What moves the pilgrim is the free choice to complete a long and strenuous journey, in which the love for Jesus might become flesh.

Why make a pilgrimage? One might respond: to visit sacred places. The God that we believe in is the God of Abraham, of Isaac, and of Jacob. He is a God who encounters man in history, choosing people, precise times, and places. He is a God who did not disdain to be enclosed in the womb of a virgin, as sung in the Te Deum in all its wonder and rawness. To visit sacred places means to profess the faith in this God.
That being said, a pilgrimage is not only this. That which qualifies the pilgrim is not only the fact that he tends towards a certain point of arrival (which is shared with any religious tourist) but also, and especially, the free choice to make a long and tiring walk in order to arrive there. I understood this clearly a few years ago, at the end of a pilgrimage with the American CLU students. Our destination was the sanctuary of Our Lady of Good Help in Wisconsin. We walked for three days, under the baking sun, for the most part on the shoulder of asphalt roads, to arrive at a modest little church, which only recently became a fully functional sanctuary. Thelma, an Italian American New York purebred, comes up to me: “Father, I am frustrated. I have been walking for three days, enough to form blisters on my feet, ‘in the middle of nowhere,’ to get to a place I could have reached quickly and without effort by car. Can someone explain why what we are doing is not absurd?” I was taken aback for a second, then I told her: “Maybe because the point of a pilgrimage is not so much about arriving as it is about discovering the value of the fatigue that the journey entails.” “And what is that value?” she responded, still not persuaded.
For my young friend, born and raised in the era of Internet and Amazon, the possibility of investing time and effort, which could have been avoided to arrive at a destination, was inconceivable. This incomprehension, expressed through her straightforward question, struck me like a thunderbolt. In fact, isn’t this the central question of life? Wouldn’t it be better to arrive at the destination immediately, without tiring too much along the way? In synthesis: what relation exists between the fatigue of the journey and the enjoyment of the destination?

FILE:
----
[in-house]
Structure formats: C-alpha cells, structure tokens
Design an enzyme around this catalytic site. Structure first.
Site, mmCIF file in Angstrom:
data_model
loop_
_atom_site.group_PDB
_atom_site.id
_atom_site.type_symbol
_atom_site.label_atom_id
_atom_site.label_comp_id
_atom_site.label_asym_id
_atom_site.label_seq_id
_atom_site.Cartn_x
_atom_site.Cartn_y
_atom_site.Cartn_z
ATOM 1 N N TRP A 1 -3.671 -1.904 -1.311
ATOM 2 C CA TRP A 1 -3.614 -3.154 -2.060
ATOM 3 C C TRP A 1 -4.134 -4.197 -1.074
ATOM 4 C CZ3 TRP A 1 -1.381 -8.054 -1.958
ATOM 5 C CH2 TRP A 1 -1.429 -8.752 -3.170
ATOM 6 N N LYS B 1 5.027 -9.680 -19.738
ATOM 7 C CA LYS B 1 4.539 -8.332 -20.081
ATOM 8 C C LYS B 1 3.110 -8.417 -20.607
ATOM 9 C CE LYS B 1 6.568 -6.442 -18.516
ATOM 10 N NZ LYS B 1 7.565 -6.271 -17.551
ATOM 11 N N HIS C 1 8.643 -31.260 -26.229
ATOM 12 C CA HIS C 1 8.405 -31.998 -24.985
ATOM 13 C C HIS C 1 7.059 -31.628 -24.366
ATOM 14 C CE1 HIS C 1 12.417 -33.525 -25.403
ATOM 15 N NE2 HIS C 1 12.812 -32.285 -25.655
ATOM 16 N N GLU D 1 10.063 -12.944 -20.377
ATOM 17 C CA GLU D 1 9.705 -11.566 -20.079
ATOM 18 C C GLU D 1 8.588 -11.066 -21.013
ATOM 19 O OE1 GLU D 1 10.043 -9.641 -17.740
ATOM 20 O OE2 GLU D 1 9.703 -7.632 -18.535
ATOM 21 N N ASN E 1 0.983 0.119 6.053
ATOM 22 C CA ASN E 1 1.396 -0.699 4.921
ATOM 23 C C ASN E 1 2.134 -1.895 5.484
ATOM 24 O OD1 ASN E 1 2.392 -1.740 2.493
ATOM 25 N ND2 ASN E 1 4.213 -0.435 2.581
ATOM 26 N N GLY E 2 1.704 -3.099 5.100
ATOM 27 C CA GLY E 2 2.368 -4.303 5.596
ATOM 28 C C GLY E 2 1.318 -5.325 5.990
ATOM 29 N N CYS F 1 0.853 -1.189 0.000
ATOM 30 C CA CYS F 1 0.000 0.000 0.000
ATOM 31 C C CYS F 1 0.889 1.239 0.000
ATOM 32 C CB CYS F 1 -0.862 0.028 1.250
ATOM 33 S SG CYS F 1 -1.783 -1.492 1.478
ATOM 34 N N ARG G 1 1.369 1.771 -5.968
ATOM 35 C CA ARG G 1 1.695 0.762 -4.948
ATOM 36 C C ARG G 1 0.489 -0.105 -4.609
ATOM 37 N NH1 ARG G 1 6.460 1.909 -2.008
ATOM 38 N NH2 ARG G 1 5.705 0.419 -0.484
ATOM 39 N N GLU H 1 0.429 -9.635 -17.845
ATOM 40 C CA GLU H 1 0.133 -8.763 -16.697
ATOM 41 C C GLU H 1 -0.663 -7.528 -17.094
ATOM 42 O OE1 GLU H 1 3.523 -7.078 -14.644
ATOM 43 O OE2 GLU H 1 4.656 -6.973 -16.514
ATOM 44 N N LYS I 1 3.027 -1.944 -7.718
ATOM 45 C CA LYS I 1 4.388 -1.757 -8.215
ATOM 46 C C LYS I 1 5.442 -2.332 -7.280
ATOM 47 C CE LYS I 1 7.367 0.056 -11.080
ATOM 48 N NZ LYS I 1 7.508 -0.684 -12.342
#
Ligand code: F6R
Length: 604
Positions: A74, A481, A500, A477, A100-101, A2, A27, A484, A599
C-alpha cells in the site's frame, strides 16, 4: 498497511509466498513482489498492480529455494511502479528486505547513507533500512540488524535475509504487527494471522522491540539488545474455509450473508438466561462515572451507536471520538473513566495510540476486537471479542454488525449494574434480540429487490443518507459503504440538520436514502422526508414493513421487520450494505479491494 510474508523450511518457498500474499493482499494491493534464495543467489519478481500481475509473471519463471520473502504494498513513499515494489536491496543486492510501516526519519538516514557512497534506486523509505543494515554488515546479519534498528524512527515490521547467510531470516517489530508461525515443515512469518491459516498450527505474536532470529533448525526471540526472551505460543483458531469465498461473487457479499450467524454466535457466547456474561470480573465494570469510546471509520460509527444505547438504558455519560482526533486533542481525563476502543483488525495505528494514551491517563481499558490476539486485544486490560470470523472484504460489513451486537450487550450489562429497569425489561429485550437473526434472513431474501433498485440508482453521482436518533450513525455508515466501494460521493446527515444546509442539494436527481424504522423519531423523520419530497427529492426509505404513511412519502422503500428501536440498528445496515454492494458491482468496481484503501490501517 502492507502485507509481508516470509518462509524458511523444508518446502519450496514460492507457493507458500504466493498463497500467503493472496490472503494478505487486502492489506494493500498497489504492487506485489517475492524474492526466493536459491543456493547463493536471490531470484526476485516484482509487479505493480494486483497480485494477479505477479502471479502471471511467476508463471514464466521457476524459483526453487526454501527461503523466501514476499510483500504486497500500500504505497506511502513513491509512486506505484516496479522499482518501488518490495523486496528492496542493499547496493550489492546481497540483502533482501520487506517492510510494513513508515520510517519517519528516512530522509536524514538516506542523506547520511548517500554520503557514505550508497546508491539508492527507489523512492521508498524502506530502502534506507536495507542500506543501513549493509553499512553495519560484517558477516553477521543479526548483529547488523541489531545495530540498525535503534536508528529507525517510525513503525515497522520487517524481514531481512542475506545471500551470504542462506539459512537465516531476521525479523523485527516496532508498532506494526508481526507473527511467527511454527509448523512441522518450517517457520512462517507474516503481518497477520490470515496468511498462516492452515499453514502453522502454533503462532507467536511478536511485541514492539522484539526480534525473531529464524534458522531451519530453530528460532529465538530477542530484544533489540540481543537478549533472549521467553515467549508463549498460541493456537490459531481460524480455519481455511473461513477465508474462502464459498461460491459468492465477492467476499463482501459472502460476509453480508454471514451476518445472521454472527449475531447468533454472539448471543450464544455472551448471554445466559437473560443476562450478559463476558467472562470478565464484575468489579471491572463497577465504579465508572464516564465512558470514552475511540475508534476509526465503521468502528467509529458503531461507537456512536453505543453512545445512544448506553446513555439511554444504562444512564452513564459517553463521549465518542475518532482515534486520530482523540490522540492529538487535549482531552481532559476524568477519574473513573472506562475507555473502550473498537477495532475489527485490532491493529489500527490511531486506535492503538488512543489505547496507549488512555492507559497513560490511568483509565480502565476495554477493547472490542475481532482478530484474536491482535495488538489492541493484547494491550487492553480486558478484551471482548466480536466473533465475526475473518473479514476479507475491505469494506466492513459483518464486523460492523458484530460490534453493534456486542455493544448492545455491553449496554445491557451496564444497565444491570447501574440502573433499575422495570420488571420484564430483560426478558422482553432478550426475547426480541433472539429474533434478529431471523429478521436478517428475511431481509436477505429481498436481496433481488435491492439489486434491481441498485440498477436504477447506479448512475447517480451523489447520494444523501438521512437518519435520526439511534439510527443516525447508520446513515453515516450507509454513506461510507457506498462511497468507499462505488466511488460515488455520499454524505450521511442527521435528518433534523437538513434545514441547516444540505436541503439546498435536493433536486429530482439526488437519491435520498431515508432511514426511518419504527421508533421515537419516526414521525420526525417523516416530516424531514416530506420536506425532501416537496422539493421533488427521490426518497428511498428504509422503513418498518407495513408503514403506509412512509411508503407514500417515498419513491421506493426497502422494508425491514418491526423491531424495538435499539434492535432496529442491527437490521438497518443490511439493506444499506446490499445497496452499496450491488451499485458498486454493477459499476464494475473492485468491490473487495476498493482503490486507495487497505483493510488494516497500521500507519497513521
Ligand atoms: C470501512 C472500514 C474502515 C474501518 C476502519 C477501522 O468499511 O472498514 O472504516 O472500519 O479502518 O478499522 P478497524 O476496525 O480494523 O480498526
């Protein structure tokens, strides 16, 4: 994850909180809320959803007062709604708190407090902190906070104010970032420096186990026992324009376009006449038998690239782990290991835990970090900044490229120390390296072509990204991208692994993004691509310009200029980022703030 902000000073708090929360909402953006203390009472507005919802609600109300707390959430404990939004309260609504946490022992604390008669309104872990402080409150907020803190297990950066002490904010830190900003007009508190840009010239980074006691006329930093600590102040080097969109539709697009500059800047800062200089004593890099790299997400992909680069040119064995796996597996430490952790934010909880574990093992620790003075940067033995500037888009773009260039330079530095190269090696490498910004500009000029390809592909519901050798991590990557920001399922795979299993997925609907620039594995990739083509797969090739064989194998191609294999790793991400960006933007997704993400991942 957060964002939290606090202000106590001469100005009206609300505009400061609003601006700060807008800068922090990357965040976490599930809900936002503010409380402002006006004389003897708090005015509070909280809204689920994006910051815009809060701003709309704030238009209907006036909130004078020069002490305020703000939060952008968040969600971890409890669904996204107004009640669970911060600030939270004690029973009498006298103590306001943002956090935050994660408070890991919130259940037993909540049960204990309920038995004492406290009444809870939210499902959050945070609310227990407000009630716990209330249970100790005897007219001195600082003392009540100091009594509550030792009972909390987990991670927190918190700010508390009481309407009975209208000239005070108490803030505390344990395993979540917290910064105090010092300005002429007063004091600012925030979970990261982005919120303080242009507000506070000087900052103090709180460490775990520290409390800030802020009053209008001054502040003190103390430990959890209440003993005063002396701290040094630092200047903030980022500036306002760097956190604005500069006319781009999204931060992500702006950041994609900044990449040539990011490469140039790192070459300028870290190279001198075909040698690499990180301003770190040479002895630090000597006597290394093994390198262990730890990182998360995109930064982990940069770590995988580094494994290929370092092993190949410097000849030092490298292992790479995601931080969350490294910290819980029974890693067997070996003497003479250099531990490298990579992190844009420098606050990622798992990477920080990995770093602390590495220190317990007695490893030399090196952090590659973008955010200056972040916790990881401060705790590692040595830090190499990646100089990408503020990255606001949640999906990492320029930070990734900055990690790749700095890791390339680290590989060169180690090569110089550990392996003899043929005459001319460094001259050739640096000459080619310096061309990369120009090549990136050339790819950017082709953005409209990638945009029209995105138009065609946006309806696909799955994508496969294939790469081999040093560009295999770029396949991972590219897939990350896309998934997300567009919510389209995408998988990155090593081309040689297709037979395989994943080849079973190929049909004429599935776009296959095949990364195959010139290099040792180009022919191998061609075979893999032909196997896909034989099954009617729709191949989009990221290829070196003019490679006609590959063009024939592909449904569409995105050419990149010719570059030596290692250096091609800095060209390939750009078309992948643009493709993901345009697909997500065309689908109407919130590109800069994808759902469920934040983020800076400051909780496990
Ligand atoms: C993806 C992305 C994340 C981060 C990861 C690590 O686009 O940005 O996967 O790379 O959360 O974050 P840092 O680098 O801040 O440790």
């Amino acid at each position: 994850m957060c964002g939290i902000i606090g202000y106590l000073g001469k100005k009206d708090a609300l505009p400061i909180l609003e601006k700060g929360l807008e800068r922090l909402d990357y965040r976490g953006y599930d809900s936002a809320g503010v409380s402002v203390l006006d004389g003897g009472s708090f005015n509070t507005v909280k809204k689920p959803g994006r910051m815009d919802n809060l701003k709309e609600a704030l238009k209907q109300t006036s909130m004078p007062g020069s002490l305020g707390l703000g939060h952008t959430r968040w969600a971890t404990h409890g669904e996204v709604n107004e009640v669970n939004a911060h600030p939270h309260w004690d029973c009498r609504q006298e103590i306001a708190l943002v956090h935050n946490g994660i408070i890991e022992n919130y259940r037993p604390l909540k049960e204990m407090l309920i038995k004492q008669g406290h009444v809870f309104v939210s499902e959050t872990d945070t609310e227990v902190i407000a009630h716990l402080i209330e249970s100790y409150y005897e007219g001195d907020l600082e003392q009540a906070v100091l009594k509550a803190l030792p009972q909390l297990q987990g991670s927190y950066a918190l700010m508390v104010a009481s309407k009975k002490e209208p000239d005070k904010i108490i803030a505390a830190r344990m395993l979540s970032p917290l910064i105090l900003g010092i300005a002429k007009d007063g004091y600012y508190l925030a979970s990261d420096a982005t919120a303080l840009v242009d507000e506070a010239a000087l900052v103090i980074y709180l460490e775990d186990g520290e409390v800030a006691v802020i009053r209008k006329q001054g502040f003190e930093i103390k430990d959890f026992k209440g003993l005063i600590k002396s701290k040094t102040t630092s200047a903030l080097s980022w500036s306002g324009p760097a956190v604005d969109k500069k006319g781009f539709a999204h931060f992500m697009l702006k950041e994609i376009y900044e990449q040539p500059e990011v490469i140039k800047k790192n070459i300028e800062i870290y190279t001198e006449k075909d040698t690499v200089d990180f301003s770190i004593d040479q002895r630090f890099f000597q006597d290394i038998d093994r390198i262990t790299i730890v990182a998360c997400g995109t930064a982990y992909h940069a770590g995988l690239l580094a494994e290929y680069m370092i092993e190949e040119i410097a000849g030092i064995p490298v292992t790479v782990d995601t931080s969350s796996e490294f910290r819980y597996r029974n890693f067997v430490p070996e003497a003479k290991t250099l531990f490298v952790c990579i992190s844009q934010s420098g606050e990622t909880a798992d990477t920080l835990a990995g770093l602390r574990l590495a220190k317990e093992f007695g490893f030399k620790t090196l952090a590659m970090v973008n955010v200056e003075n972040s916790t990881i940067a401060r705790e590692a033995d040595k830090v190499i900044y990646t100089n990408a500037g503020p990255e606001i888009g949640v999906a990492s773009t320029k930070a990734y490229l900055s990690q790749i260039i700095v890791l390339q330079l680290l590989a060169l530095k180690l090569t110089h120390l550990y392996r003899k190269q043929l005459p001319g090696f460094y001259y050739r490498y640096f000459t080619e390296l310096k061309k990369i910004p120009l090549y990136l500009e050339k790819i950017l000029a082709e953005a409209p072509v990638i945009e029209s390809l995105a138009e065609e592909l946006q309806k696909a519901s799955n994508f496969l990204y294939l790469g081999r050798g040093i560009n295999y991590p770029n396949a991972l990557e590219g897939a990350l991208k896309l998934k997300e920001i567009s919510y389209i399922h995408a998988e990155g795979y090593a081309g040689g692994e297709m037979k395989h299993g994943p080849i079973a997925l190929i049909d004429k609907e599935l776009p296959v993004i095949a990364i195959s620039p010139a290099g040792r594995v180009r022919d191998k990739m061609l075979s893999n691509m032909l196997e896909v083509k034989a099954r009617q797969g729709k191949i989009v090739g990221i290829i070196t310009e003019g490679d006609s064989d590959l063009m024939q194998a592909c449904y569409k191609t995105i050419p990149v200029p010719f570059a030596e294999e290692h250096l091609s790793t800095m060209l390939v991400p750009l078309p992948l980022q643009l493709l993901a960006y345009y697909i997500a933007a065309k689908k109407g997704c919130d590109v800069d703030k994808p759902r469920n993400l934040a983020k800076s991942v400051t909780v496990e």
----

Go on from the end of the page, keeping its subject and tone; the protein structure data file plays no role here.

“We move because of a desire, a love. One doesn’t love remaining on the couch. He who truly loves is willing to accept the fatigue in order to reach that which he loves,” my trappist friend once wrote me. On top of this I’ll add that the greater the love, the more it wants to demonstrate itself, to be incarnated in signs that make its intensity visible. For this reason it is possible that a long and tiring walk might be reasonably preferable to the way that is quick and painless. The wounded feet are actually the glory of the pilgrim. This is true especially for the prince of all pilgrims, that is, our Lord.
John the Evangelist reveals the narrative of this love in his usual way, which is both discreet and sublime. In Bethany a dinner is held in honor of Jesus, who has recently resurrected his friend Lazarus. His sister Mary, in an emanation of love and recognition, takes a pound of precious nard oil and pours it entirely onto the feet of Jesus. We often ask: why precisely the feet? There are various answers to this question. For now I propose the following: because the feet are the part of the body (and the pilgrim knows this well) that most evidently show the signs of a hard journey.
Couldn’t the Lord have given the brother back to his sisters while staying in the same place, remaining in his secret shelter? He came, knowing well that that journey might come at a high price. He came, already knowing what it might have costed him, and in the end what it did cost him: the condemnation to death. Maybe he could have saved his friend, any of his friends, in thousands of other ways. Instead he chose this way, which was the most costly. In fact, Jesus’ journey from the very beginning was directed far beyond Bethany: it went towards the cross and ultimately to the grave. Only when His journey brought him to the dwelling place of ‘He whom he loves,’ would it be possible to say that the journey was concluded.
From this journey, the Lord’s feet are forever marked by the stigmata. He does not want to take away these marks. On the contrary, they are his glory, because they enshrine the memory of His love.
It is the same for the pilgrim. He sets off in order to arrive. But when he arrives, he discovers with the same joy both the signs of the fatigue and the fact of arriving. The love—said St. Bernard—is a reward in itself.

paolo prosperi

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